The Boston Globe just published a story about allegedly lavish spending by the leadership of the Global Fund to Fight AIDS, Tuberculosis, and Malaria. The fund is a large non-governmental organization (NGO), a foundation under Swiss law, that spends billions to fight infectious disease in less-developed countries.
The Boston Globe article was based on an internal report by the Fund's Inspector General, and a separate investigation by the World Health Organization (WHO). The article focused on spending by the Fund's outgoing director, Dr Richard G A Feachem. The report apparently said that his spending entailed "potential risks," and "could be perceived as unnecessarily lavish by donors." Details included spending "between $91 and $930 a day for limousines in London, Paris, Rome, Washington, and San Francisco, averaging $376 a day," also he spent "typically $50 to $100 per person" on meals, and also spent money on such things as renting a suit of clothes ($225). The report also included "flowers for staff members," "$8780 for a boat cruise on Lake Geneva in Switzerland," etc. Thus, it concluded, "senior management failed to convey and reinforce the need for careful and prudent use of donor funds."
The Globe article also noted that Feachem's pay is relatively high for a leader of a public health organization whose mission is to help people in poor countries. Feachem got $320 K a year, tax-free, which included a $70 K housing subsidy.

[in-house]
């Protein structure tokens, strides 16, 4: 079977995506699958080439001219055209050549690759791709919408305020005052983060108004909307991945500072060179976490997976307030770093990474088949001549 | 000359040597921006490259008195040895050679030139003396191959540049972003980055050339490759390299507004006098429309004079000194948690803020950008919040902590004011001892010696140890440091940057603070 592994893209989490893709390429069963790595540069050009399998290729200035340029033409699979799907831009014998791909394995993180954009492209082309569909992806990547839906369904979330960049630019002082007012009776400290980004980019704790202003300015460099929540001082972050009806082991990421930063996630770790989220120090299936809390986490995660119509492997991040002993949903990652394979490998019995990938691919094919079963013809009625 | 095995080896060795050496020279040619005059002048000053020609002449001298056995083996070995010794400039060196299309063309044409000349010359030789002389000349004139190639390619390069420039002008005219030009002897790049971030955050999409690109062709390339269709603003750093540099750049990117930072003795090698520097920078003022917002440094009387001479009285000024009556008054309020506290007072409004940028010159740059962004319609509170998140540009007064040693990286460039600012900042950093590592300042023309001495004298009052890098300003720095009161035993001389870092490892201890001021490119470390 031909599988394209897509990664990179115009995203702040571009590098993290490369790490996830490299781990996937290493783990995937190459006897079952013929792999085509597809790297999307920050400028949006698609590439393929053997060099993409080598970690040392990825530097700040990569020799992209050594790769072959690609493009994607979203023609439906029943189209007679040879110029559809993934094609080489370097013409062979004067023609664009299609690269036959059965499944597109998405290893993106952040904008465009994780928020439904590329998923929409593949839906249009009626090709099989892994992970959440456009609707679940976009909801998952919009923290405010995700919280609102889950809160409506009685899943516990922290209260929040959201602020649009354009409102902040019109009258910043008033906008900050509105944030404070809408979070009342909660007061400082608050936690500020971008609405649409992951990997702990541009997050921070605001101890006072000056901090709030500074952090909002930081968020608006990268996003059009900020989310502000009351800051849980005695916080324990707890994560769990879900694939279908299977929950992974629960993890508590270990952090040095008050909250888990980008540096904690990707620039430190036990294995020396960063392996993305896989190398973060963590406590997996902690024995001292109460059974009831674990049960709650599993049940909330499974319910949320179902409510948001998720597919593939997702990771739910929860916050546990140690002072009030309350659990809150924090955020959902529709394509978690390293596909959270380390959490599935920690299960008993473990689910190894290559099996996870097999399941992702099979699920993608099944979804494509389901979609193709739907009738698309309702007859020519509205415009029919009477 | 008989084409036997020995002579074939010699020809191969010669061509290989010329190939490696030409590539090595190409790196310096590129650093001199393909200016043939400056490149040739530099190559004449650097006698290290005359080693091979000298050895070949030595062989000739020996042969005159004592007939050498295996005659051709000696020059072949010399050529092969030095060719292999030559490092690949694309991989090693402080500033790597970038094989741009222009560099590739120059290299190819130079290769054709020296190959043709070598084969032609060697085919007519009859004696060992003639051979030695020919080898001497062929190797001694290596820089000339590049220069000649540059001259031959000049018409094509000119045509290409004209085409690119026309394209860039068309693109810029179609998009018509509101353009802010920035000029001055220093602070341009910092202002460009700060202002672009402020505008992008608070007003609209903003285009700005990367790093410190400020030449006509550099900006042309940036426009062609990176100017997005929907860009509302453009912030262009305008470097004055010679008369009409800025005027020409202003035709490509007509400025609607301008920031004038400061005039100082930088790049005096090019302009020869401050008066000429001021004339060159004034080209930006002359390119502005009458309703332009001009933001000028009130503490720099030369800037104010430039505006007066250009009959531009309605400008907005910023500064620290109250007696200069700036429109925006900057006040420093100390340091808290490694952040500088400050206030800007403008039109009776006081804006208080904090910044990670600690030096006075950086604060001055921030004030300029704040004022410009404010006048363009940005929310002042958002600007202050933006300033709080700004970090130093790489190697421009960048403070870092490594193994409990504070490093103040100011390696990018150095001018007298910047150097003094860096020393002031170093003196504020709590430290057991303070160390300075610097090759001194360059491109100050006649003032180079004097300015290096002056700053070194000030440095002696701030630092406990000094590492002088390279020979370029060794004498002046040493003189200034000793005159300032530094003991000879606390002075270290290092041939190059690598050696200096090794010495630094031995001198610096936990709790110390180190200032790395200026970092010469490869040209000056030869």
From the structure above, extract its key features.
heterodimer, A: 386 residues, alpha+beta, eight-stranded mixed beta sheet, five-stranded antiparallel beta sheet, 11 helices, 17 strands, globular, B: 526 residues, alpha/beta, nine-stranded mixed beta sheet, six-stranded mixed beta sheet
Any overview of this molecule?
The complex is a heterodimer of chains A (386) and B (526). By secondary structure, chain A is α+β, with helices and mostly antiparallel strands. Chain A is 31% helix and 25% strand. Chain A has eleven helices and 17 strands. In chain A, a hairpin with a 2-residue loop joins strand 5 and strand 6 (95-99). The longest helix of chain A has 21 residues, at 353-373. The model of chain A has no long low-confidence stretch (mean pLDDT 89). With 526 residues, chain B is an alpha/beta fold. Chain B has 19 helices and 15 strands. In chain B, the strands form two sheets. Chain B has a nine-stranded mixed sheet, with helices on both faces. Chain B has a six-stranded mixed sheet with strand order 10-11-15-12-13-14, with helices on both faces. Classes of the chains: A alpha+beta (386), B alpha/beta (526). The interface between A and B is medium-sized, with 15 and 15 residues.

Furthermore, "Global Fund leaders went to great lengths to keep both reports secret. The full board was not given copies of the inspector general's report, according to members. They said they were allowed to read WHO's report for just a few hours in a room and could not keep copies."
The Globe article quoted Allan Rosenfield, dean of Columbia University's Mailman School of Public Health, "The board has allowed this to happen. They should be held accountable as well." Also, said Willem Landman, CEO of the Ethics Institute of South Africa, "I'm familiar with the cost of limousines in New York City, but this is beyond the pale."
Spokespeople for the Global Fund disputed the Globe's allegations. The Fund's web-site also has a rebuttal posted. Spokesman Jon Liden said, "when you read through the entire report, it becomes clear we are dealing with a report of extraordinarily poor quality in terms of accuracy, context, and fairness." Keep in mind, however, that he is referring to the report by the Global Fund's own Inspector General, not the Boston Globe news article. Lieve Fransen, Deputy Chairwoman of the Fund's board, defended keeping the report secret, "making these reports public would undermine people's dignity, credibility, right to defense, and would undermine the credibility of the Global Fund."
In my humble opinion, for the leaders of an NGO whose mission is to fight infectious diseases in poor countries to use the organization's money for limousines, expensive restaurants, and relatively lavish salaries does not engender confidence in their dedication to the organization's mission. Neither does the leadership's criticism of the work of their own Inspector General, and their attempts to keep his report secret.
The inclination of leaders of many health care organizations to put their own pocket-books and comfort ahead of the organization's mission seems to be an important reason why health care is so expensive, yet produces relatively so little value for the amount spent. It is particularly grievous when people who are already disadvantaged receive poor value for what little is spent on them.
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